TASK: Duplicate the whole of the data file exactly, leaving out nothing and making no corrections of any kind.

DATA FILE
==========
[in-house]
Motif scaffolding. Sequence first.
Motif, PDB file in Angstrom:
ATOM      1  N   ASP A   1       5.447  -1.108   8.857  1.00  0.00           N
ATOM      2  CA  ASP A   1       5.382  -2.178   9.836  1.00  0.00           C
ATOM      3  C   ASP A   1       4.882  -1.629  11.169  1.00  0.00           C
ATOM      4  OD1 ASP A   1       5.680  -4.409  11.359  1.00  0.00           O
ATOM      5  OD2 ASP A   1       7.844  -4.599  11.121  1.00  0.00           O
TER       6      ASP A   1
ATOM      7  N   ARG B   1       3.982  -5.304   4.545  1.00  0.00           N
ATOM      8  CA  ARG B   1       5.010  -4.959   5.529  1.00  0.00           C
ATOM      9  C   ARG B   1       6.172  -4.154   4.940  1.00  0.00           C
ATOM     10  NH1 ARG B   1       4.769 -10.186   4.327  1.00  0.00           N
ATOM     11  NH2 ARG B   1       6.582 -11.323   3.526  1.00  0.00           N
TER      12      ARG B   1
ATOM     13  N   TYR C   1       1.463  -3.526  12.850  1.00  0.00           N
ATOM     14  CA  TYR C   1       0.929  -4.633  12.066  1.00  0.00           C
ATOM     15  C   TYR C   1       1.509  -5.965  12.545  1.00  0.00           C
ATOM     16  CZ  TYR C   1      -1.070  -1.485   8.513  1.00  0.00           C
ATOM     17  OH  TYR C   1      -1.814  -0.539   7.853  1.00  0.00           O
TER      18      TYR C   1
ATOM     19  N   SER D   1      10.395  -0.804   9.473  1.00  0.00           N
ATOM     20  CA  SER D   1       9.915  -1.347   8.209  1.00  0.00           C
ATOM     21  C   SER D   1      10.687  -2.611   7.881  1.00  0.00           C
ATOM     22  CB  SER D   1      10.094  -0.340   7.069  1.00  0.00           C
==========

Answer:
[in-house]
Motif scaffolding. Sequence first.
Motif, PDB file in Angstrom:
ATOM      1  N   ASP A   1       5.447  -1.108   8.857  1.00  0.00           N
ATOM      2  CA  ASP A   1       5.382  -2.178   9.836  1.00  0.00           C
ATOM      3  C   ASP A   1       4.882  -1.629  11.169  1.00  0.00           C
ATOM      4  OD1 ASP A   1       5.680  -4.409  11.359  1.00  0.00           O
ATOM      5  OD2 ASP A   1       7.844  -4.599  11.121  1.00  0.00           O
TER       6      ASP A   1
ATOM      7  N   ARG B   1       3.982  -5.304   4.545  1.00  0.00           N
ATOM      8  CA  ARG B   1       5.010  -4.959   5.529  1.00  0.00           C
ATOM      9  C   ARG B   1       6.172  -4.154   4.940  1.00  0.00           C
ATOM     10  NH1 ARG B   1       4.769 -10.186   4.327  1.00  0.00           N
ATOM     11  NH2 ARG B   1       6.582 -11.323   3.526  1.00  0.00           N
TER      12      ARG B   1
ATOM     13  N   TYR C   1       1.463  -3.526  12.850  1.00  0.00           N
ATOM     14  CA  TYR C   1       0.929  -4.633  12.066  1.00  0.00           C
ATOM     15  C   TYR C   1       1.509  -5.965  12.545  1.00  0.00           C
ATOM     16  CZ  TYR C   1      -1.070  -1.485   8.513  1.00  0.00           C
ATOM     17  OH  TYR C   1      -1.814  -0.539   7.853  1.00  0.00           O
TER      18      TYR C   1
ATOM     19  N   SER D   1      10.395  -0.804   9.473  1.00  0.00           N
ATOM     20  CA  SER D   1       9.915  -1.347   8.209  1.00  0.00           C
ATOM     21  C   SER D   1      10.687  -2.611   7.881  1.00  0.00           C
ATOM     22  CB  SER D   1      10.094  -0.340   7.069  1.00  0.00           C